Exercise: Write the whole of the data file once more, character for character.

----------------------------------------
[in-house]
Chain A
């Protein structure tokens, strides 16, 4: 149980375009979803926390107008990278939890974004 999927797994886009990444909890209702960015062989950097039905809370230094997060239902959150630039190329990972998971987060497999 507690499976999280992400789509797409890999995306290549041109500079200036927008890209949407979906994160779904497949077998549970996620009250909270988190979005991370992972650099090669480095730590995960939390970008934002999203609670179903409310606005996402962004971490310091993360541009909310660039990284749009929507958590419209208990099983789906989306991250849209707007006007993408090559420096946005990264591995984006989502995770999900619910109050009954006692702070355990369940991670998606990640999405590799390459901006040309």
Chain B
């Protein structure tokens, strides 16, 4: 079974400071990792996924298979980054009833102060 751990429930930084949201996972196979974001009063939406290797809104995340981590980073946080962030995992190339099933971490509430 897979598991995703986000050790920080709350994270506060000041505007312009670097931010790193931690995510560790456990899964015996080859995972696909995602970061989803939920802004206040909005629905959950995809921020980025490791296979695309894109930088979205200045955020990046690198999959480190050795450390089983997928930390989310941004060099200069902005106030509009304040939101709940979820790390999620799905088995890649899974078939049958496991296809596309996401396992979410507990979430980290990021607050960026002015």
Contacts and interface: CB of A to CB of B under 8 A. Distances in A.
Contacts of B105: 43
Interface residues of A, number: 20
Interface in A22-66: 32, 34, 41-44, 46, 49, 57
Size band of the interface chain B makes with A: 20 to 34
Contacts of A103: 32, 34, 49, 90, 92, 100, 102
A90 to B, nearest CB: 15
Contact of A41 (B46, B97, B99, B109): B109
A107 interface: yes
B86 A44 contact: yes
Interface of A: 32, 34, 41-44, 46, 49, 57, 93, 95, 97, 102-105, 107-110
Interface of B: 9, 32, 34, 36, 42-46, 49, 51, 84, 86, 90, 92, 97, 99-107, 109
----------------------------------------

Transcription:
[in-house]
Chain A
């Protein structure tokens, strides 16, 4: 149980375009979803926390107008990278939890974004 999927797994886009990444909890209702960015062989950097039905809370230094997060239902959150630039190329990972998971987060497999 507690499976999280992400789509797409890999995306290549041109500079200036927008890209949407979906994160779904497949077998549970996620009250909270988190979005991370992972650099090669480095730590995960939390970008934002999203609670179903409310606005996402962004971490310091993360541009909310660039990284749009929507958590419209208990099983789906989306991250849209707007006007993408090559420096946005990264591995984006989502995770999900619910109050009954006692702070355990369940991670998606990640999405590799390459901006040309």
Chain B
């Protein structure tokens, strides 16, 4: 079974400071990792996924298979980054009833102060 751990429930930084949201996972196979974001009063939406290797809104995340981590980073946080962030995992190339099933971490509430 897979598991995703986000050790920080709350994270506060000041505007312009670097931010790193931690995510560790456990899964015996080859995972696909995602970061989803939920802004206040909005629905959950995809921020980025490791296979695309894109930088979205200045955020990046690198999959480190050795450390089983997928930390989310941004060099200069902005106030509009304040939101709940979820790390999620799905088995890649899974078939049958496991296809596309996401396992979410507990979430980290990021607050960026002015």
Contacts and interface: CB of A to CB of B under 8 A. Distances in A.
Contacts of B105: 43
Interface residues of A, number: 20
Interface in A22-66: 32, 34, 41-44, 46, 49, 57
Size band of the interface chain B makes with A: 20 to 34
Contacts of A103: 32, 34, 49, 90, 92, 100, 102
A90 to B, nearest CB: 15
Contact of A41 (B46, B97, B99, B109): B109
A107 interface: yes
B86 A44 contact: yes
Interface of A: 32, 34, 41-44, 46, 49, 57, 93, 95, 97, 102-105, 107-110
Interface of B: 9, 32, 34, 36, 42-46, 49, 51, 84, 86, 90, 92, 97, 99-107, 109